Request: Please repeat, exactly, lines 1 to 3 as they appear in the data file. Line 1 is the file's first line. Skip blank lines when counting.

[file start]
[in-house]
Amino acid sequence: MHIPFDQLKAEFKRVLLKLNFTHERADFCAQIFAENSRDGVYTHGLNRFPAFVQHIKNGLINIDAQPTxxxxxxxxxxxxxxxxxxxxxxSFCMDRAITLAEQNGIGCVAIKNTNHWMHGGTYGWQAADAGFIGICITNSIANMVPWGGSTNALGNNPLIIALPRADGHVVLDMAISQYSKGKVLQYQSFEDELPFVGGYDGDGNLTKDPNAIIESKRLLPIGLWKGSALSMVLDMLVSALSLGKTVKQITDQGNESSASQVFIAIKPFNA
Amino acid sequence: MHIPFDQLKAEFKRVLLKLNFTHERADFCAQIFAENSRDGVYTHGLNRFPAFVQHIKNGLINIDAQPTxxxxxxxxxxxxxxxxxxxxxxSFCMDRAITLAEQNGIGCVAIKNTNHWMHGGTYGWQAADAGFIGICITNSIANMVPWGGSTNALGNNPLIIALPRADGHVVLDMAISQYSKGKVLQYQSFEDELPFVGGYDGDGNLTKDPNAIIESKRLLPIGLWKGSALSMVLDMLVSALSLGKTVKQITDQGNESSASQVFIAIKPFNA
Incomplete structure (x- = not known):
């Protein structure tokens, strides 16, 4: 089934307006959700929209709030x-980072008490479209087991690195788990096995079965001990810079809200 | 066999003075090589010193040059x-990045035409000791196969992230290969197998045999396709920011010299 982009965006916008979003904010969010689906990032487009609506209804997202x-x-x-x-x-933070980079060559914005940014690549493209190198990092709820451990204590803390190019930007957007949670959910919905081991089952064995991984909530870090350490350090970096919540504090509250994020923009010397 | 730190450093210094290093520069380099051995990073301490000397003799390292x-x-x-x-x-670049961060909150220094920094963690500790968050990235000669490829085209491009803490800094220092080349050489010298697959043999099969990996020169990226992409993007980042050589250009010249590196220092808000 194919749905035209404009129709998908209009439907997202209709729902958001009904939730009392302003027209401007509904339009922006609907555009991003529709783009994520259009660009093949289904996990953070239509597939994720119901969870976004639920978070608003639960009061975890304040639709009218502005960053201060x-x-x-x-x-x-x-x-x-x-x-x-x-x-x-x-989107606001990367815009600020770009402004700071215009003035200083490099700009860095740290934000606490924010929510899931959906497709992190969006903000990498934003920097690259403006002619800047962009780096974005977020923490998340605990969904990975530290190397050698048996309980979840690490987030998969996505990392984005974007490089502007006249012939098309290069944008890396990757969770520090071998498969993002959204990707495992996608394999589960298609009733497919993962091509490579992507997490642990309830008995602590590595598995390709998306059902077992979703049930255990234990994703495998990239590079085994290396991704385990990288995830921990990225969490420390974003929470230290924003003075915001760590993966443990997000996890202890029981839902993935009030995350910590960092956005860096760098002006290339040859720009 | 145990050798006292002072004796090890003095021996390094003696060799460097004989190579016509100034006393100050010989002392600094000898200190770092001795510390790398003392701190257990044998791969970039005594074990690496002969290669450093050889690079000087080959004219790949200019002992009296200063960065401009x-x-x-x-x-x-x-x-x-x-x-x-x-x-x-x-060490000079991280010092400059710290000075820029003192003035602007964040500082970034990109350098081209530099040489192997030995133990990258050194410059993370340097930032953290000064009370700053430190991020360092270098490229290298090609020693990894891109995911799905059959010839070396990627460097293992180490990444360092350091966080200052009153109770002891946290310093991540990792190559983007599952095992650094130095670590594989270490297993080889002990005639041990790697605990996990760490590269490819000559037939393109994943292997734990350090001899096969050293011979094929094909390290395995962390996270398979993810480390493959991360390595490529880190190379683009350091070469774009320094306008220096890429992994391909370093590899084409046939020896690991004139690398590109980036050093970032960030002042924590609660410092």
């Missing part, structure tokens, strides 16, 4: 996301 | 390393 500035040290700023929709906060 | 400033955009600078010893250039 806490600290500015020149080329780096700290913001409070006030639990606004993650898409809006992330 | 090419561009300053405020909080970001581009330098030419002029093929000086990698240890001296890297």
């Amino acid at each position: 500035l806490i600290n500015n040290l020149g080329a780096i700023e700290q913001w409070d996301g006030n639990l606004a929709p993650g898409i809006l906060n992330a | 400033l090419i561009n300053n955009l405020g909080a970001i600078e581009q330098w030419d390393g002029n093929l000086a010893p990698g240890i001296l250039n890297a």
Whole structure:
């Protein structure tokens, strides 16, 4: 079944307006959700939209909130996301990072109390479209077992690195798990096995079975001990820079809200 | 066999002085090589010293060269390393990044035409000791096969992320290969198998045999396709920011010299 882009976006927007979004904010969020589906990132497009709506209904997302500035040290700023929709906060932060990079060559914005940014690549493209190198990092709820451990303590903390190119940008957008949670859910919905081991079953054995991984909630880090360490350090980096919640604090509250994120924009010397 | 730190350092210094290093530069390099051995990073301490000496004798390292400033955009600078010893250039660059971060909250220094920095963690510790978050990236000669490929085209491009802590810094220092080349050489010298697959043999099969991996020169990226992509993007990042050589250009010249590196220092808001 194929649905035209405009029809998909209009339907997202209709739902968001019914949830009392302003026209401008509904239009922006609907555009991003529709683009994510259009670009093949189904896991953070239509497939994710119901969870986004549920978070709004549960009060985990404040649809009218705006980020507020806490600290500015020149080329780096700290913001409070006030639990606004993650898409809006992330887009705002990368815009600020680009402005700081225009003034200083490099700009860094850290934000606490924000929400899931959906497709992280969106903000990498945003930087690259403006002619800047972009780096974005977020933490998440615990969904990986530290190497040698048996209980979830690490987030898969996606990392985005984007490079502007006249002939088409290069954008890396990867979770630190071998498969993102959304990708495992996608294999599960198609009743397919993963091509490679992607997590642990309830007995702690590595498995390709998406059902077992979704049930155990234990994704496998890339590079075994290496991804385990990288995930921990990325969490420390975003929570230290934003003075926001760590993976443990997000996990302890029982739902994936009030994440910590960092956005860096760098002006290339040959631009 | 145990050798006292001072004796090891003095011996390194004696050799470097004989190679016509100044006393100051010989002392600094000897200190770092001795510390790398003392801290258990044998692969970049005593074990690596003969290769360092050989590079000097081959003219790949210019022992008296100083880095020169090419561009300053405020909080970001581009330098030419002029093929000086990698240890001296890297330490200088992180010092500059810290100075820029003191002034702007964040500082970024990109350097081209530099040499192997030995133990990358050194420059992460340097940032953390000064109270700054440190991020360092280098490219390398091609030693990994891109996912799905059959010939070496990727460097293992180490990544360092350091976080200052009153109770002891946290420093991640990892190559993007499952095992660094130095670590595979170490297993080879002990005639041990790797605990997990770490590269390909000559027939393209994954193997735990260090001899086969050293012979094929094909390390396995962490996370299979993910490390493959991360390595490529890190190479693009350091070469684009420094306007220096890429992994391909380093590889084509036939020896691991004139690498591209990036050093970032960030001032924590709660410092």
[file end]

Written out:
[in-house]
Amino acid sequence: MHIPFDQLKAEFKRVLLKLNFTHERADFCAQIFAENSRDGVYTHGLNRFPAFVQHIKNGLINIDAQPTxxxxxxxxxxxxxxxxxxxxxxSFCMDRAITLAEQNGIGCVAIKNTNHWMHGGTYGWQAADAGFIGICITNSIANMVPWGGSTNALGNNPLIIALPRADGHVVLDMAISQYSKGKVLQYQSFEDELPFVGGYDGDGNLTKDPNAIIESKRLLPIGLWKGSALSMVLDMLVSALSLGKTVKQITDQGNESSASQVFIAIKPFNA
Amino acid sequence: MHIPFDQLKAEFKRVLLKLNFTHERADFCAQIFAENSRDGVYTHGLNRFPAFVQHIKNGLINIDAQPTxxxxxxxxxxxxxxxxxxxxxxSFCMDRAITLAEQNGIGCVAIKNTNHWMHGGTYGWQAADAGFIGICITNSIANMVPWGGSTNALGNNPLIIALPRADGHVVLDMAISQYSKGKVLQYQSFEDELPFVGGYDGDGNLTKDPNAIIESKRLLPIGLWKGSALSMVLDMLVSALSLGKTVKQITDQGNESSASQVFIAIKPFNA